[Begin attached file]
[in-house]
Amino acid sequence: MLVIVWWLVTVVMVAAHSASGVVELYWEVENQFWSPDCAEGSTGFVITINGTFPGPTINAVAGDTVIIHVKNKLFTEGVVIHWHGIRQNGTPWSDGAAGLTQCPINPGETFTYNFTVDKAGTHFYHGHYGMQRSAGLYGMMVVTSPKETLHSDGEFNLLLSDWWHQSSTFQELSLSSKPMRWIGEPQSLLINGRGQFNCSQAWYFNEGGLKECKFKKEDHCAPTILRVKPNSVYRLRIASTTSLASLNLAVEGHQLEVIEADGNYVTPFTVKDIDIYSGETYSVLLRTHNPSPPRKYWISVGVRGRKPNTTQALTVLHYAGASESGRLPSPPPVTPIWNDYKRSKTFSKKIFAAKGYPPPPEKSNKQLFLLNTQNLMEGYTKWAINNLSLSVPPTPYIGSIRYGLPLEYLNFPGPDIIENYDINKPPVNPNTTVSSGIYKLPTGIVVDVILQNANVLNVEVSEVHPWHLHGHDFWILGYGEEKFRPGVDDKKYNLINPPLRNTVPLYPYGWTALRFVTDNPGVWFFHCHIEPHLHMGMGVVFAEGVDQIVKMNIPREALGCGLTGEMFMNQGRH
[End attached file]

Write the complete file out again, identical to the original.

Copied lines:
[in-house]
Amino acid sequence: MLVIVWWLVTVVMVAAHSASGVVELYWEVENQFWSPDCAEGSTGFVITINGTFPGPTINAVAGDTVIIHVKNKLFTEGVVIHWHGIRQNGTPWSDGAAGLTQCPINPGETFTYNFTVDKAGTHFYHGHYGMQRSAGLYGMMVVTSPKETLHSDGEFNLLLSDWWHQSSTFQELSLSSKPMRWIGEPQSLLINGRGQFNCSQAWYFNEGGLKECKFKKEDHCAPTILRVKPNSVYRLRIASTTSLASLNLAVEGHQLEVIEADGNYVTPFTVKDIDIYSGETYSVLLRTHNPSPPRKYWISVGVRGRKPNTTQALTVLHYAGASESGRLPSPPPVTPIWNDYKRSKTFSKKIFAAKGYPPPPEKSNKQLFLLNTQNLMEGYTKWAINNLSLSVPPTPYIGSIRYGLPLEYLNFPGPDIIENYDINKPPVNPNTTVSSGIYKLPTGIVVDVILQNANVLNVEVSEVHPWHLHGHDFWILGYGEEKFRPGVDDKKYNLINPPLRNTVPLYPYGWTALRFVTDNPGVWFFHCHIEPHLHMGMGVVFAEGVDQIVKMNIPREALGCGLTGEMFMNQGRH